Wise Aging



There are 1.9 million Jewish adults ages 55+ in the U.S. In a society that does not support us as we age, our Jewish communities are just beginning to address the issues and opportunities of paying attention to the needs of this demographic.

There is no set of instructions for getting older—for the shifts in our social and support networks, the feeling of invisibility, the angst of dealing with aging parents, the mixed signals of entering retirement, or the surprising turns in our relationships with ourselves, our partners, friends, and colleagues. On the other hand, those of us currently in this stage can count ourselves as part of an extraordinary, history-making generation—pioneers in understanding and making the most of this “third chapter” of life. Many of us will be blessed with unprecedented healthy years ahead, full of potential for learning and growth.

The Institute for Jewish Spirituality’s foray into “wise aging” is designed to:

  • Give Jewish adults 55 and older a meaningful place in the Jewish community;
  • Open up conversations about what it means to get older; and
  • Create new understandings about life so we can live with spirit, resilience and joy.

Wise Aging: Living with Joy, Resilience, and Spirit:
The Book

Co-written by Rabbi Rachel Cowan, of blessed memory, an early Executive Director of the Institute for Jewish Spirituality, and Dr. Linda Thal, a pioneer in transforming synagogue life to include spirituality and spiritual development, the book is grounded in Jewish mindfulness and spiritual practices such as meditation, journaling, movement, and blessings. Wise Aging offers social, emotional and spiritual insights to help individuals meet the challenges of these years with a sustaining spirit.

In addition to its use as a foundational text for facilitated Wise Aging groups, Wise Aging can be read as a standalone book. It is also an excellent resource for clergy- or lay-led book groups, lifelong learning groups, and other places where ongoing learning, reflection on experience, spiritual practice, and pursuit of wisdom define the agenda.

Wise Aging provides the road‐map for the journey we are all on, and that is especially relevant for baby boomers: achieving a fulfilling older age. No subject is off limits. Rabbi Cowan and Dr. Thal explore a wide range of issues including: relationships with adult children and spouses; body image; romance and sexuality; living with loss; and, cultivating well-being.

Wise Aging is the only Jewish program of its kind that considers mindfulness and contemplative practices such as meditation, text study, journaling and gentle movement to be foundational to aging wisely.

Facilitated Wise Aging Groups

To find a Wise Aging Group led by a trained Wise Aging Facilitator, please click here.

Sample group experience (individual facilitators may structure their groups differently):

  • A facilitated peer group of 10 – 12 people meeting on a regular basis for 6 – 9 sessions of 2 hours each.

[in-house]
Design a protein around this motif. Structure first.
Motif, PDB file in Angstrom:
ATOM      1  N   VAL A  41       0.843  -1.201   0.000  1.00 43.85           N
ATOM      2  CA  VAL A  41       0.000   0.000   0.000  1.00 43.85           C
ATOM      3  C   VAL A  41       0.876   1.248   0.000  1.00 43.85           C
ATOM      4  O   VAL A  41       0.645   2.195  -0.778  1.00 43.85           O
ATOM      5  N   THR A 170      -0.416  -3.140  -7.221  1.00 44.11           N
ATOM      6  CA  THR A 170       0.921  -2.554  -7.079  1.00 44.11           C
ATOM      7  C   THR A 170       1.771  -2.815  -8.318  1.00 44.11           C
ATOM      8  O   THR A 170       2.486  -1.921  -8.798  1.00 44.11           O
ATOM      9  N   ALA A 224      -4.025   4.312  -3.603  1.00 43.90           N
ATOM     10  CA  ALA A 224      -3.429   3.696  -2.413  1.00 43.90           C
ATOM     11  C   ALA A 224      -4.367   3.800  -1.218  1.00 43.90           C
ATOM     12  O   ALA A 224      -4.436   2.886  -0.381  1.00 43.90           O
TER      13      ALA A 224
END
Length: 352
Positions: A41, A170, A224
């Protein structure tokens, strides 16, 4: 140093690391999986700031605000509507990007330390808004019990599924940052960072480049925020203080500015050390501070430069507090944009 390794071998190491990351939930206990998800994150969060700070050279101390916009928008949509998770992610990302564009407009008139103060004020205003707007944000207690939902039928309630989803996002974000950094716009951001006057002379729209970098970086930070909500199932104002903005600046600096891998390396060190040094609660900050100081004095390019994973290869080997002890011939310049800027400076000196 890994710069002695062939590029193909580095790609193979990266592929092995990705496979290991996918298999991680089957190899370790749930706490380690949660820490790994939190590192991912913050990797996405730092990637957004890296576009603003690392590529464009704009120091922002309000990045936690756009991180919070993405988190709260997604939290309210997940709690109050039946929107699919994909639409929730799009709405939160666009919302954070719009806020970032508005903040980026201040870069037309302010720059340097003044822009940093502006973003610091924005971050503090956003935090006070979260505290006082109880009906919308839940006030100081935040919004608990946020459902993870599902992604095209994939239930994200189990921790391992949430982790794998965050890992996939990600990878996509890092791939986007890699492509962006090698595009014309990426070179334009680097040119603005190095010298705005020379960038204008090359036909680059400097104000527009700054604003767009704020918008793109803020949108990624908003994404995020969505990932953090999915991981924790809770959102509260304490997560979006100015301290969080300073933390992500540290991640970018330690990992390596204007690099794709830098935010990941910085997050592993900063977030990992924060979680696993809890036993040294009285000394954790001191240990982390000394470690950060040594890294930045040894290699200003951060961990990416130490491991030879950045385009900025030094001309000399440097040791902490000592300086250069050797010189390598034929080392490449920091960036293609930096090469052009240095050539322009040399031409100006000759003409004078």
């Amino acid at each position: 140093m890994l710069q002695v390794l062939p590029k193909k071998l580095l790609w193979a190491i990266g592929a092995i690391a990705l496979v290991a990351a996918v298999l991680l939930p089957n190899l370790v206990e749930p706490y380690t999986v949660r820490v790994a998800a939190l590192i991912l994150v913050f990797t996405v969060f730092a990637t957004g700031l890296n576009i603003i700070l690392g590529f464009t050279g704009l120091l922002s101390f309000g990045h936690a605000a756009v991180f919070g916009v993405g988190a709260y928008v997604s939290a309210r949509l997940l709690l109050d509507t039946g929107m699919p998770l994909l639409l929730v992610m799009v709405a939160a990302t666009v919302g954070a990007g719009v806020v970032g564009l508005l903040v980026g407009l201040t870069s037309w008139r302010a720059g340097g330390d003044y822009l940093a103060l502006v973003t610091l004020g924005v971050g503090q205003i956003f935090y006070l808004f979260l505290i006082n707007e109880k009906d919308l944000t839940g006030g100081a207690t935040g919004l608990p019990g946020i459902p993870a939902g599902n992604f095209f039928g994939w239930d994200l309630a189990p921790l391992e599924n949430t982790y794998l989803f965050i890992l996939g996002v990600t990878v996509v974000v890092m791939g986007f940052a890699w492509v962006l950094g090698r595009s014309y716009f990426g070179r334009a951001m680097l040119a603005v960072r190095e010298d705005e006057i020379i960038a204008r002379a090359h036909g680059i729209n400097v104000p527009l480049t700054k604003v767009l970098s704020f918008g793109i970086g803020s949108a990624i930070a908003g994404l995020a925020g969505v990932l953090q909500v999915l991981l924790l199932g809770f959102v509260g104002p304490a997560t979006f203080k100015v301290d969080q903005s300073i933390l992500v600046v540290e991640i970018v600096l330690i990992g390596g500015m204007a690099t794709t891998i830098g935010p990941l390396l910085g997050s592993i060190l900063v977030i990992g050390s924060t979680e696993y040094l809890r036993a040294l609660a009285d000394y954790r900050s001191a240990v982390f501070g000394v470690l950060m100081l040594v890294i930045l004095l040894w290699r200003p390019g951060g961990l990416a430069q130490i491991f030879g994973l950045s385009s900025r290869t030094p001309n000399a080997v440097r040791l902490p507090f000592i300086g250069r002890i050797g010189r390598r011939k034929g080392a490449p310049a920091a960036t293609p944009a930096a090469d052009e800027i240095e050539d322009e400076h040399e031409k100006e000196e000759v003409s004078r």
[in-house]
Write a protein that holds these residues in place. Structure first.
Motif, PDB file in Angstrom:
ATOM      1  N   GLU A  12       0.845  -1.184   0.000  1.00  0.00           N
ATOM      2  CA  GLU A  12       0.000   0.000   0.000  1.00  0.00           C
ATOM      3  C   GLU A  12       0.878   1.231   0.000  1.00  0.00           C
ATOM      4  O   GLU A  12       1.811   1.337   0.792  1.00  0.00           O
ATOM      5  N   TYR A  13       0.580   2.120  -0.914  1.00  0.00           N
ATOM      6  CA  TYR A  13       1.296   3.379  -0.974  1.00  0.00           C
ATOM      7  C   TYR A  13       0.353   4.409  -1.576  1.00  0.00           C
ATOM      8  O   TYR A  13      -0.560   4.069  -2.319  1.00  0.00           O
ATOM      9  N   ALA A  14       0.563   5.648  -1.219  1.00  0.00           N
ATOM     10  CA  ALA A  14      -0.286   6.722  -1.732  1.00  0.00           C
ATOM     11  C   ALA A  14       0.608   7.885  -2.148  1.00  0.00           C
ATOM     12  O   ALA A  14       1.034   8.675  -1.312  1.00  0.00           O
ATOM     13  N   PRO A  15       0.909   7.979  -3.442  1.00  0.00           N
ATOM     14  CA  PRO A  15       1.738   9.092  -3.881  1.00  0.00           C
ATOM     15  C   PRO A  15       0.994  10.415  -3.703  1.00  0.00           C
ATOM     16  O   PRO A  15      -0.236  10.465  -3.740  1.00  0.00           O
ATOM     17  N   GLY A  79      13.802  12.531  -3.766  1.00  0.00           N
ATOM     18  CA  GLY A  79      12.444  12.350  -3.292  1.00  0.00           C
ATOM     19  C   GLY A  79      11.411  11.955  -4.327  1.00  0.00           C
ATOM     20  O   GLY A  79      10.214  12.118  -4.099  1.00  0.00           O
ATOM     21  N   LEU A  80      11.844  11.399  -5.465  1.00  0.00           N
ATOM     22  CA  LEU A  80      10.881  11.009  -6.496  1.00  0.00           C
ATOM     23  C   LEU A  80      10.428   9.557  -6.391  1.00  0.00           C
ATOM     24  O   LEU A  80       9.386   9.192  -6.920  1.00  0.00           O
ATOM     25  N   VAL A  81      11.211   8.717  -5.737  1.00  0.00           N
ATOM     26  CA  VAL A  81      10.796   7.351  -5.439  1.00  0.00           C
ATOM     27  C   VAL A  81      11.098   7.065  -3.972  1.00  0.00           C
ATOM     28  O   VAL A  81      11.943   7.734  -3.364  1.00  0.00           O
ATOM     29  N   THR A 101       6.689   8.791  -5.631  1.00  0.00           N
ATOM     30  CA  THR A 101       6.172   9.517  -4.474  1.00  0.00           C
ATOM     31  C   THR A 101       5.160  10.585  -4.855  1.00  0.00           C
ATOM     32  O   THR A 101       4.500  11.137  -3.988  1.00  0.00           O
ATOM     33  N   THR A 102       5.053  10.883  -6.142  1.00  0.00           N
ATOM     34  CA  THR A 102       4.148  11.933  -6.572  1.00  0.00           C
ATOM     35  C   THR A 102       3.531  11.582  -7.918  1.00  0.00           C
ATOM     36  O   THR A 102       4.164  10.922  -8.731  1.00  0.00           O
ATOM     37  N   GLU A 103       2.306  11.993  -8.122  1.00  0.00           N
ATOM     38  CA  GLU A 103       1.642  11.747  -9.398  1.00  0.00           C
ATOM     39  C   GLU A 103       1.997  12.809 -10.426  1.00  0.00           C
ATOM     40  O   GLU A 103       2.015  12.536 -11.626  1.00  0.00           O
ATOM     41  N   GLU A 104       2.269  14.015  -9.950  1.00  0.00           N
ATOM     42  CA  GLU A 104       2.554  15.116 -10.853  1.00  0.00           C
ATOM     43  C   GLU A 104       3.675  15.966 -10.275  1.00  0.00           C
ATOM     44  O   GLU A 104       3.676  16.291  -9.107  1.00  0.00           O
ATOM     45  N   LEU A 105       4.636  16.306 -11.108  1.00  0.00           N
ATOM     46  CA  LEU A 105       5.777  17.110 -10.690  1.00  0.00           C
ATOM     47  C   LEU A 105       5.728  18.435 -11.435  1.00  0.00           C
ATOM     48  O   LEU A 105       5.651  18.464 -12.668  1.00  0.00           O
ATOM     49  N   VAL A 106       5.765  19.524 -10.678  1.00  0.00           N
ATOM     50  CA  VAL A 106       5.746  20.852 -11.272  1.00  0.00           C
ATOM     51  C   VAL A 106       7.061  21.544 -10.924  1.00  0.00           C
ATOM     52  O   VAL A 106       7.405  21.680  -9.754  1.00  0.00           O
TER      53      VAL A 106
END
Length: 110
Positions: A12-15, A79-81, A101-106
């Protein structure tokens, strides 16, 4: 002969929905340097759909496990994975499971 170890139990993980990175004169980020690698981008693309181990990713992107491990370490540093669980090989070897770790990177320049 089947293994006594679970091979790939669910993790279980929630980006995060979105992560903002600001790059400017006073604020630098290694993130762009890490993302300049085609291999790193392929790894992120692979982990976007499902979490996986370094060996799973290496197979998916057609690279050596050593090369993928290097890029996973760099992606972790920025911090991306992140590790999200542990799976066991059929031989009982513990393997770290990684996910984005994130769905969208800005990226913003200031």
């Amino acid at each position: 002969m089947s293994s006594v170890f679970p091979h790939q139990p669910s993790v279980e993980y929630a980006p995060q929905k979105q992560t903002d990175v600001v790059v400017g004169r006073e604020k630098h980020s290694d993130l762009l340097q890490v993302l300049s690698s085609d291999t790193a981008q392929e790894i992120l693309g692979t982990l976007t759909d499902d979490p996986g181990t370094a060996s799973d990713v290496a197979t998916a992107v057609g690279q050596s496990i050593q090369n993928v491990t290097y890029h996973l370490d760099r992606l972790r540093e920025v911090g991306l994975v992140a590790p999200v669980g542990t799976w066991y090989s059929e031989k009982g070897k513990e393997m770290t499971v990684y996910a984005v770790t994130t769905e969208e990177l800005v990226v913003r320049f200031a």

• Each group session centers on a different topic, such as: “Exploring This Stage of Life”, “I Am My Body, I Am Not My Body”, “Cultivating Nourishing Relationships”, “Forgiveness and Reconciliation: Cultivating Spiritual Qualities for Well-being”, and “Living with Loss and Finding Light: Conscious Dying; Legacy and Stewardship.”
  • Topics are explored using mindfulness and contemplative practices to deepen the inner and outer journeys of participants.

History of the Wise Aging Program

The Wise Aging Program began in the fall of 2014. The Institute for Jewish Spirituality sent Trainers out to Jewish communities across the United States to train Wise Aging Facilitators to lead peer groups in synagogues, JCCs, and other institutions. Over the past four years, 450 Facilitators have been trained in the United States and Canada. They facilitate new and ongoing groups—communities of learners who explore questions, insights, longings, and conundrums regarding the aging process. Several thousand Jewish adults have created new connections in Jewish communities from Vancouver to San Francisco to Chicago and Kansas City to Washington D.C. and beyond.

Wise Aging Today

For Wise Aging Group Facilitators

IJS supports Wise Aging Facilitators with:

  1. A  Wise Aging Facilitator discussion forum. 
  2. A Wise Aging Facilitator resource library. What happens after you reach Chapter 9 of the Wise Aging book?  We’ll be organizing curricula and related resources by topic. And from time-to-time, we’ll be putting out a call to Facilitators to submit their most effective lesson plan as we continue to expand the Facilitator resource section.  Stay tuned.

We also invite Wise Aging Facilitators to consider enrolling in the on-demand, self-study course: Gift of Awareness: Cultivating a Jewish Mindfulness Meditation Practice. This 8-module introductory journey will support your personal mindfulness practice, which invariably seeps into how you facilitate and move through life.

If you are a wise aging facilitator and would like access to the discussion forum and resource library, please contact us with the form below:

For individuals who would like to join a Wise Aging group

Here is a list of Wise Aging Group Facilitators listed by state. Please contact the Facilitator near you to learn when the next Wise Aging Group might be forming.

For individuals who would like to become Wise Aging Group Facilitators

IJS does not provide Wise Aging Facilitator Training. We refer you to the following independent Trainer(s), experienced members of the training team that has trained 450 Facilitators-to-date.

Dr. Linda Thal lindathal@nyc.rr.com
Linda is leading a Facilitator training in Portland, OR June 2-4, 2019. Please contact her for additional information.

Dr. Batya Perman batyaperman@gmail.com

Karen Frank karenkfrank@verizon.net